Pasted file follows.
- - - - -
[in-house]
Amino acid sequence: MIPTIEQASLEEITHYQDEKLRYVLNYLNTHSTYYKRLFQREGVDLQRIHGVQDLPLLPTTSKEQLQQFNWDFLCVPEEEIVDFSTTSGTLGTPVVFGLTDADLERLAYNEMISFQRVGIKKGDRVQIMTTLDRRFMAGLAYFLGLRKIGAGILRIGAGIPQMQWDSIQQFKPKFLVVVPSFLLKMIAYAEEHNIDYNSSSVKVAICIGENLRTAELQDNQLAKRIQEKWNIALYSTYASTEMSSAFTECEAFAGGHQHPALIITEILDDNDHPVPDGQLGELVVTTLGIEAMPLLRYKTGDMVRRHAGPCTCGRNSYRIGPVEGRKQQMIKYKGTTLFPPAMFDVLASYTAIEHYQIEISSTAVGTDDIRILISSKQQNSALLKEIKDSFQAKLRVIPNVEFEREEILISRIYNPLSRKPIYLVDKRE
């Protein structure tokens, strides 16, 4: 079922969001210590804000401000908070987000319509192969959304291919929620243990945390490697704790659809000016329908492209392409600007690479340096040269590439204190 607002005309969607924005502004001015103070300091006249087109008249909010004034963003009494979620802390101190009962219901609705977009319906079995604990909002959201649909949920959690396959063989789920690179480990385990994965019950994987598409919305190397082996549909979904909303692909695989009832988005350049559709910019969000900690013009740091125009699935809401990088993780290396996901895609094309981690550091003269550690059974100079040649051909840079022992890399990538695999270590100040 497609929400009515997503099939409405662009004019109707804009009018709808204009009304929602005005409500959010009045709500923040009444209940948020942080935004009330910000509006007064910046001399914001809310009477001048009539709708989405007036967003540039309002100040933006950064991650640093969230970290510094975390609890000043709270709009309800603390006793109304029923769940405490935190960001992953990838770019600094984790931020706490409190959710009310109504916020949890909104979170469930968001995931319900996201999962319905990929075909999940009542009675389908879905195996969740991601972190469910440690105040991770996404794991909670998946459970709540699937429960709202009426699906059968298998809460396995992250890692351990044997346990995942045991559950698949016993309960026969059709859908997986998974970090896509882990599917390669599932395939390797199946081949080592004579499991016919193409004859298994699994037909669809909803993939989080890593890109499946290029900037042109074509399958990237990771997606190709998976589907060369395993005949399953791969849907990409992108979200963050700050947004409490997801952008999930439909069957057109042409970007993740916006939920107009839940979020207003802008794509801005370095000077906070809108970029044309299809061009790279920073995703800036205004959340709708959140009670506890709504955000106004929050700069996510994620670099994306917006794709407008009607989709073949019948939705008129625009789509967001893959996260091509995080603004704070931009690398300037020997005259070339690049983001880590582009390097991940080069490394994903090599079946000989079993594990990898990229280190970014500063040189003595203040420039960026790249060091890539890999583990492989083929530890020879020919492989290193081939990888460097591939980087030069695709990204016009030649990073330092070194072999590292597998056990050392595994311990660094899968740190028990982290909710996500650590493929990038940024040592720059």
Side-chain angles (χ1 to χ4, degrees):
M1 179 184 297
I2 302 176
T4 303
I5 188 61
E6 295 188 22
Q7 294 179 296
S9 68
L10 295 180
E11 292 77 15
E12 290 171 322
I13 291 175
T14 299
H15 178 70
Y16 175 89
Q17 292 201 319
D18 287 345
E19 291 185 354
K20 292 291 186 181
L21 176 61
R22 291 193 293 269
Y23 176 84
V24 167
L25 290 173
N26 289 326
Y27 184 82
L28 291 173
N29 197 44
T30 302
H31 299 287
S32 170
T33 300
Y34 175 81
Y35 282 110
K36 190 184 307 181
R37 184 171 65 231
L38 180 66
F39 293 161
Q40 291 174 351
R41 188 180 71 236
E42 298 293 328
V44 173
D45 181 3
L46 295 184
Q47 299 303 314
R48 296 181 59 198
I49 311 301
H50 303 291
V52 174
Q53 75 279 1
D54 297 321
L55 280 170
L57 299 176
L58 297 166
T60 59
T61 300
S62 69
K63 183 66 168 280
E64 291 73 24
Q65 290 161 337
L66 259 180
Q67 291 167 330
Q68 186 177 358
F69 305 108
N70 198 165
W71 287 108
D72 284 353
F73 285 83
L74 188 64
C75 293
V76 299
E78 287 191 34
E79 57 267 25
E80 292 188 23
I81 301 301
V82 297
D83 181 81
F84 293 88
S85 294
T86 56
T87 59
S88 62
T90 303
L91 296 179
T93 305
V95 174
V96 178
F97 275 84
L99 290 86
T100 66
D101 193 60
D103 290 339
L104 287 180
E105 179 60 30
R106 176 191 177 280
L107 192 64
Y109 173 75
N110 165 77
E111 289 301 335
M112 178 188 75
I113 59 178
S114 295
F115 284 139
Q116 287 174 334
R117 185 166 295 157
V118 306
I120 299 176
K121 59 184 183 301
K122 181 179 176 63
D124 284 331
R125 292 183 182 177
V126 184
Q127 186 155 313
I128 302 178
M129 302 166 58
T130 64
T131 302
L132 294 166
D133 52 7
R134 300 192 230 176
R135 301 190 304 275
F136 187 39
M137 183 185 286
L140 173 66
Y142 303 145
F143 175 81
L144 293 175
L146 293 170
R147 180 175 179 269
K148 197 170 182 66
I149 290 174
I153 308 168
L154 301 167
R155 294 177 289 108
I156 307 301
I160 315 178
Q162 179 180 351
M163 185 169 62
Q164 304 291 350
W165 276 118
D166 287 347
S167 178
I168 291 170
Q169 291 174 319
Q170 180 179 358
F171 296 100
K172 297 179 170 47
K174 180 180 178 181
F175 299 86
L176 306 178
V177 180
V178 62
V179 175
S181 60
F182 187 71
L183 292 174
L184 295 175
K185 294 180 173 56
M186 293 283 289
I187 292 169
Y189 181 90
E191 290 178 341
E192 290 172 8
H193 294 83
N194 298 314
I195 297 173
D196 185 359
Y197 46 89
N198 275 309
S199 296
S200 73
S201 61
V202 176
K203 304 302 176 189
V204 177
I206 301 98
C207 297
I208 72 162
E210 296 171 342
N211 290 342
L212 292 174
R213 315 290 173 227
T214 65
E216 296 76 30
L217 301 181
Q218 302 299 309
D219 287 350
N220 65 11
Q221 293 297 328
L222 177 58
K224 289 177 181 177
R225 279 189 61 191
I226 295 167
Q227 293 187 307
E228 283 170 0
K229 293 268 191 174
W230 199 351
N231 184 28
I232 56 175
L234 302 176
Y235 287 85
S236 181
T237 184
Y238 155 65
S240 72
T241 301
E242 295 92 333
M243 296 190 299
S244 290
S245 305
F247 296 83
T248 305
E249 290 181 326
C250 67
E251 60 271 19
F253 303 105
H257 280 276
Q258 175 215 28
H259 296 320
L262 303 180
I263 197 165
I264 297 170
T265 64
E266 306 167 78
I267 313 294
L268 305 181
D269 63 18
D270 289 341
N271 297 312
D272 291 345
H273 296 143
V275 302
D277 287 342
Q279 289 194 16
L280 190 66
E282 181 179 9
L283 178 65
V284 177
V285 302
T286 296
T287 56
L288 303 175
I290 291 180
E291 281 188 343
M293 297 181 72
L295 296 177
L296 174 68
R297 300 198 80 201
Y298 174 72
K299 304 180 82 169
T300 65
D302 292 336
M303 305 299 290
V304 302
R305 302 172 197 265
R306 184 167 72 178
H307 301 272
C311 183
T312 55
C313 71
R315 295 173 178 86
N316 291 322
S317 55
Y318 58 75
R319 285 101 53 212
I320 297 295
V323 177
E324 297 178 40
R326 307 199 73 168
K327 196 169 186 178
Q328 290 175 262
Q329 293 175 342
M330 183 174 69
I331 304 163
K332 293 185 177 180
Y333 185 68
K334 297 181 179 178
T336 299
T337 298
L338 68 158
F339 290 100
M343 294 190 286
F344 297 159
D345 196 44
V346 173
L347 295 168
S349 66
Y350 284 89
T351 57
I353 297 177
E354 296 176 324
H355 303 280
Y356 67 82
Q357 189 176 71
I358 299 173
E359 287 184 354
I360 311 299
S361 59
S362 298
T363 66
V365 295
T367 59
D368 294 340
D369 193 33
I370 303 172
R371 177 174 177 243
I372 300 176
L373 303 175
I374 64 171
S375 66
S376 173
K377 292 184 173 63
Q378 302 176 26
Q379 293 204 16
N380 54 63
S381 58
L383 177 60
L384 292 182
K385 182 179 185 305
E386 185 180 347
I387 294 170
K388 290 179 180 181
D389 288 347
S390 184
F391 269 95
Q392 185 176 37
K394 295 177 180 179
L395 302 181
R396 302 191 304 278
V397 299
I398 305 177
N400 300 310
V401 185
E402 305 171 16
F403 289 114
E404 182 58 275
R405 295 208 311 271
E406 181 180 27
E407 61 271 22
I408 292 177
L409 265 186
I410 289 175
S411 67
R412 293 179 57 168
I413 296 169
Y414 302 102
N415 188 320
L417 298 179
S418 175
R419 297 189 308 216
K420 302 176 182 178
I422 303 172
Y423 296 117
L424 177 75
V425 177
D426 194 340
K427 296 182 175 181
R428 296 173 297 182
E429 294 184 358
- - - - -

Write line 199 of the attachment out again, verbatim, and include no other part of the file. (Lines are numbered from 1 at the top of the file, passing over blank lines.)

K229 293 268 191 174